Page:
5. Getting a few strong, just charismatic men to be gov’t prosecutors/investigators and cleaning corruption from within. Charismatic figures need to be set up as a crusaders for justice, and have to take on the more corrupt figures of the gov’t. So that they doesn’t get too powerful, there should be several of them, and throwing corruption charges at them to ruin their reputation once they’ve done their job is fine.

    That would be my plan.

  • http://writingup.com/ashok ashok

    1. Kill Saddam in his prison cell, and end this sham trial. The trouble with the trial is that he’s making a mockery of the current govt’s institutions. He should have been shot when we caught him anyway; since he wasn’t killed then, it’ll have to look like a suicide now.

    2. Create incentives for the tribes to recognize Constitutional authority as supreme. The biggest problem is not the Sunni’s bringing in Al-Qaeda fighters and waging their own regional wars. The really big problem is that it is unclear how many of the Shiites and Kurds care for the current regime. If the Iraqi army is formed and has to quell a tribal uprising, will it face divisions from within by members of the tribe who can’t turn on their brethren? Right now, it most certainly will.

    A parallel with our history might be made with the Whiskey Rebellion: what we want is an army in Iraq devoted to order and the rule of law, that’s not going to be affected by every regional grievance.

    So, long term: Let’s get their kids into schools and secular universities and end the more primitive tribal connections. Within a generation, we might be able to ensure that Iraq is composed of people committed to a modern secular order which dispenses citizenship to nearly anyone.

    Short term: Women have to be protected at all costs. It must be made clear that the excesses of tribalism are unacceptable to Western codes of conduct, and that if the Iraqis want our support and aid, they must play by our rules. Army and police units need to force people of different tribes to work together – we need Iraqi officers who are committed to a vision of an Iraq that is stable, and who can inspire loyalty independent of creed or clan.

    3. Get that national army up and running, and make sure it is under Parliament’s authority. We want the Iraqis to feel confident they have a nation. Nothing says “I have a nation” like an army that parades around reminding dissidents what sort of force a “nation” may command.

    4. Eliminating the Sunnis as a power. This does not mean massacring them, not at all. But the fact they have any power after their rule with Saddam is a disgrace. The Sunnis should be a wing of one of the bigger parties. There should not be any independent Sunni parties whatsoever.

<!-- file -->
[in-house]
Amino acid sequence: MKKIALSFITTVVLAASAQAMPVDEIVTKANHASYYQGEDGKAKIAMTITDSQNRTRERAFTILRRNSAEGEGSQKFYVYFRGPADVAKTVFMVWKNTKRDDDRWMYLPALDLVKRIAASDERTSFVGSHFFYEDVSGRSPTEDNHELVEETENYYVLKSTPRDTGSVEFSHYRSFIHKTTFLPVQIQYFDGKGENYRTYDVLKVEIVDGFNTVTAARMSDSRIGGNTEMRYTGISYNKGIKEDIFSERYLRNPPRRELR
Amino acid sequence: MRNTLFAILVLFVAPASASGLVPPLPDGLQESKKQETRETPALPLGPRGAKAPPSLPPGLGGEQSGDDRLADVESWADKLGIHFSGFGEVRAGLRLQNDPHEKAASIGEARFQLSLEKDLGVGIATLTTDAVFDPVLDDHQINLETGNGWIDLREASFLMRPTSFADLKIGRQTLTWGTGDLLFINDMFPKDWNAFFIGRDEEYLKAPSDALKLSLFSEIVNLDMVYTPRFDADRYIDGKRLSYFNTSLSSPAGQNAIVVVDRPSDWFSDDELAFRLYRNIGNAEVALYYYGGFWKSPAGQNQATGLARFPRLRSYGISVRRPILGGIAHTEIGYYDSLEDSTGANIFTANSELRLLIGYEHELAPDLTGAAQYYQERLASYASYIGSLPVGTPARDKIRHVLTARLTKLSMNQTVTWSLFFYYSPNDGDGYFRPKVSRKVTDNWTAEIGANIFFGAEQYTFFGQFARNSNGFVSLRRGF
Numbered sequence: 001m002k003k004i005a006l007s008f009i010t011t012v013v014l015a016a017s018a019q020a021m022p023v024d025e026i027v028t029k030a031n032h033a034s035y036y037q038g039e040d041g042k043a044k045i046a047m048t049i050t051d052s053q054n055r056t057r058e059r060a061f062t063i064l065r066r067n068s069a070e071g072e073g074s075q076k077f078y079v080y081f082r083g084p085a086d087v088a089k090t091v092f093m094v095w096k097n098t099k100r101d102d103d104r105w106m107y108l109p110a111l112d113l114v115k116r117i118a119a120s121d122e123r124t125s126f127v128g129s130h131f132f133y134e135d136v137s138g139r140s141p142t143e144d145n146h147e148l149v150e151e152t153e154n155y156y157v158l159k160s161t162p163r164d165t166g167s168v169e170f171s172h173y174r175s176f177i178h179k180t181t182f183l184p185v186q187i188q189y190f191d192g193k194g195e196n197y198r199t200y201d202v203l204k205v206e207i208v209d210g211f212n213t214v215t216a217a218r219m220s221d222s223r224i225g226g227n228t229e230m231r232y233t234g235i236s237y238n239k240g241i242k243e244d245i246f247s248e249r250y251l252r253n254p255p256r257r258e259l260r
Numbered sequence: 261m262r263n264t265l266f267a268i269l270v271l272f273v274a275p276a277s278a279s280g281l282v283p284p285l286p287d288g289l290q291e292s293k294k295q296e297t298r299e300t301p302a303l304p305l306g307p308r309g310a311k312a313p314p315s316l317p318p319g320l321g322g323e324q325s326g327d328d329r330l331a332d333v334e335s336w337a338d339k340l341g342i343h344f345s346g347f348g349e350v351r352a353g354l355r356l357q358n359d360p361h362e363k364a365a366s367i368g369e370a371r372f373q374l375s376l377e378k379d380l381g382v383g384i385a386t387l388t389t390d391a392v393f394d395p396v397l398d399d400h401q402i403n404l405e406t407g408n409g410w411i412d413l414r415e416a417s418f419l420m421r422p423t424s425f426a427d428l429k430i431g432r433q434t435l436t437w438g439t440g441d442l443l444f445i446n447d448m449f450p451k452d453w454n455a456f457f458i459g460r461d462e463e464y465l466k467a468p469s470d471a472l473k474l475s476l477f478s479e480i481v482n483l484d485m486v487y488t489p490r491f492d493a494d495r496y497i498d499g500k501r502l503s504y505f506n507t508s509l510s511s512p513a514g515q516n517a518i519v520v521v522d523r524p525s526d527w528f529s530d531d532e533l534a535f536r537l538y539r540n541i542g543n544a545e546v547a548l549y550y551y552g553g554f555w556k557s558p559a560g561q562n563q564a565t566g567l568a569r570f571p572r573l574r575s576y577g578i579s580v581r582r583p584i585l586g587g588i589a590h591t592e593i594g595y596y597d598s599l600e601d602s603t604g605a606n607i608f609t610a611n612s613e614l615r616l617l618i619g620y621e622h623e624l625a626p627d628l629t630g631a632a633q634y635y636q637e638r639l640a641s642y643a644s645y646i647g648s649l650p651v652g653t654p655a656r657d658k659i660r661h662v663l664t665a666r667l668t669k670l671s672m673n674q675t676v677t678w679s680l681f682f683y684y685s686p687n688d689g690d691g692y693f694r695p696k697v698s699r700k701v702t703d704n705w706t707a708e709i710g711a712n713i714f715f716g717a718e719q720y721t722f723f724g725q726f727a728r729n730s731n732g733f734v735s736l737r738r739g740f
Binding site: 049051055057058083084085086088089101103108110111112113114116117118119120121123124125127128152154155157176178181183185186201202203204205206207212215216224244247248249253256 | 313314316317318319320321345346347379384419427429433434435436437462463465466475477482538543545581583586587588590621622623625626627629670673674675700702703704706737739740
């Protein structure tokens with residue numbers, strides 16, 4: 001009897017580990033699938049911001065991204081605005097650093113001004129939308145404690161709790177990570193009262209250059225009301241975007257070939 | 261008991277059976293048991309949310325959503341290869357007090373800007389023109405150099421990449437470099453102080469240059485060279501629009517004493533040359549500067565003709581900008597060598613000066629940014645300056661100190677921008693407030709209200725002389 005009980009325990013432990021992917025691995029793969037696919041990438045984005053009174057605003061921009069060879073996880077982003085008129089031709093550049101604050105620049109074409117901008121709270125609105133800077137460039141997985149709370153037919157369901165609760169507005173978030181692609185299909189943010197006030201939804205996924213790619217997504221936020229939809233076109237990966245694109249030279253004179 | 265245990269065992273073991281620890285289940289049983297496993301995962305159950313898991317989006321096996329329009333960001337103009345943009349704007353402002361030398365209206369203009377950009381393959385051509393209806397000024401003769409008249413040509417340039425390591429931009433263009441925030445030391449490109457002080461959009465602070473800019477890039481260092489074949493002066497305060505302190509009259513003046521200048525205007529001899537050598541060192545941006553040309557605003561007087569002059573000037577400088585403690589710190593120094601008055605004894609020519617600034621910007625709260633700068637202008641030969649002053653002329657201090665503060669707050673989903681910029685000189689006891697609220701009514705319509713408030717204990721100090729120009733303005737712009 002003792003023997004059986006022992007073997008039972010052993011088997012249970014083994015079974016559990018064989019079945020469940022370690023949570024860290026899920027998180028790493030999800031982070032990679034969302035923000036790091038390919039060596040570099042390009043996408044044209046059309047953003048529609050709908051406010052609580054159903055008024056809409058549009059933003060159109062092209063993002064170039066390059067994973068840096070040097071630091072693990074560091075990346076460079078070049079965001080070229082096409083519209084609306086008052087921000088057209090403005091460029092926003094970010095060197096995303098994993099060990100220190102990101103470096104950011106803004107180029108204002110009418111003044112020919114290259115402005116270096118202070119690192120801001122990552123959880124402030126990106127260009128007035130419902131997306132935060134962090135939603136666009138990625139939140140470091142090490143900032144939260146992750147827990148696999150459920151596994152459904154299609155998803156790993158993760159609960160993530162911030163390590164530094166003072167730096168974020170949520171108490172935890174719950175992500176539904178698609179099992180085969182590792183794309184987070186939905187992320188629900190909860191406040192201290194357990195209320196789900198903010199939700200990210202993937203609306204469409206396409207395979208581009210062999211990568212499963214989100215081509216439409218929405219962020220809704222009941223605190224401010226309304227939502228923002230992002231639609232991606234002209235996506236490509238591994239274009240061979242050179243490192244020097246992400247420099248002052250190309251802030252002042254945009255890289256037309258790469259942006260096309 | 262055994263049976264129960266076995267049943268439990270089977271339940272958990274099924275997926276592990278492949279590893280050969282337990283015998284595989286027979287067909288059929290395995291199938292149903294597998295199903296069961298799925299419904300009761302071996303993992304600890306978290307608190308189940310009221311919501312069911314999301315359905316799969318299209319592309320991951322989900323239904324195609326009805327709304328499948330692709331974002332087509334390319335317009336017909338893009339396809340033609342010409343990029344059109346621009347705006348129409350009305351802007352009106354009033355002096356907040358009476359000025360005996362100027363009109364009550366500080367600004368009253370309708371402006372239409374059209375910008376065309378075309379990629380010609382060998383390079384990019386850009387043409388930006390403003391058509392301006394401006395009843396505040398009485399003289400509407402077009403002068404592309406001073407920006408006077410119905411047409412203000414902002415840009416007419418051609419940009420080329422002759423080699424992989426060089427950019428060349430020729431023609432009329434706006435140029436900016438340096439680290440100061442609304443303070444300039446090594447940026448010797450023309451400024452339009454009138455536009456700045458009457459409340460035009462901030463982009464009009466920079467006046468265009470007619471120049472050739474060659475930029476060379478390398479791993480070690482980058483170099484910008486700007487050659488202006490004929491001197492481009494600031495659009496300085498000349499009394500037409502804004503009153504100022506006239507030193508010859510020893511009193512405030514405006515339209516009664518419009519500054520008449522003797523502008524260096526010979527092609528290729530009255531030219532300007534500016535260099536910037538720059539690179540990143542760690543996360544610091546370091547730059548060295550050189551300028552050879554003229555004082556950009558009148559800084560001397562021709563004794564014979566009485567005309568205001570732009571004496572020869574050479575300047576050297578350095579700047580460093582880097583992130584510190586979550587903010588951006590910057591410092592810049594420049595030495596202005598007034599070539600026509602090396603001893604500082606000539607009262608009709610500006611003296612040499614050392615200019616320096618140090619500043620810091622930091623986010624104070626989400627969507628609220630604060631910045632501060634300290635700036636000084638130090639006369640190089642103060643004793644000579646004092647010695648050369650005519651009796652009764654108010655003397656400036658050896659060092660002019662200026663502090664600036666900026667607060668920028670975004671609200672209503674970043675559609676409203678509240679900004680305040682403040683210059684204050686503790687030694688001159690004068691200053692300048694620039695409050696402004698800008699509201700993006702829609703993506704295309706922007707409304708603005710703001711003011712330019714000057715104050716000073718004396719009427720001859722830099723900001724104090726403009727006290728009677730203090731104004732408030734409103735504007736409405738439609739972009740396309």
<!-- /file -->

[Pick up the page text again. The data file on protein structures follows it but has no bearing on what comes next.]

5. Getting a few strong, just, charismatic men to be gov’t prosecutors/investigators and cleaning corruption from within. Charismatic figures need to be set up as a crusaders for justice, and have to take on the more corrupt figures of the gov’t. So that they doesn’t get too powerful, there should be several of them, and throwing corruption charges at them to ruin their reputation once they’ve done their job is fine.

    That would be my plan.

  • http://www.italknews.com/matt.safford Matt Safford

    Funny afsvfan, but I’m not sure the situation warrants jokes anymore, if it ever did.

    The only real solution I see is this, taken from an excerpt of an article I wrote in mid-January:

    1. How the U.S. can get out of Iraq:

    The president himself needs to go on international television, preferably before the U.N., and admit that he and his advisors made many mistakes in Iraq. He should appeal to the world for its assistance in stabilizing the country, remind the world that a stable Iraq is in the best interests of everyone (except perhaps Iran), and admit that we cannot do it alone. We should agree to pull out all U.S. contractors, and allow in international reconstruction firms, with the provision that they actually hire Iraqis to do the majority of the labor, thus providing jobs for people who might otherwise become insurgents. While foreign peace-keepers move in, the majority of our troops could return home, as the U.S. military shifts roles from Iraq occupation force, to contributing nation to the new Iraqi peace coalition.

    Of course, this presupposes that enough nations would actually commit to this, which at this point might be doubtful. Still, I think it’s the only possible solution, and of course it will never happen under the current leadership. Instead, we’ll begin to shift (as we already have) to an air war, which could potentially go on for decades, lest a better leader comes along with a real solution.

    In essence, the solution now was the solution then; we needed a real coalition at the start of this war and the number of troops Shinseki and Powell (the people with real war experience) said we needed. If we wish to turn things around, we need that now.

    I wish Shinseki/Powell were wrong, but they weren’t. I wish I was wrong. I wish we didn’t go in there to begin with. I fought it with both pen and protest. But you’re right Jeff, we’re there and we need to find a sensible way out, regardless of whether going in there was sensible or not.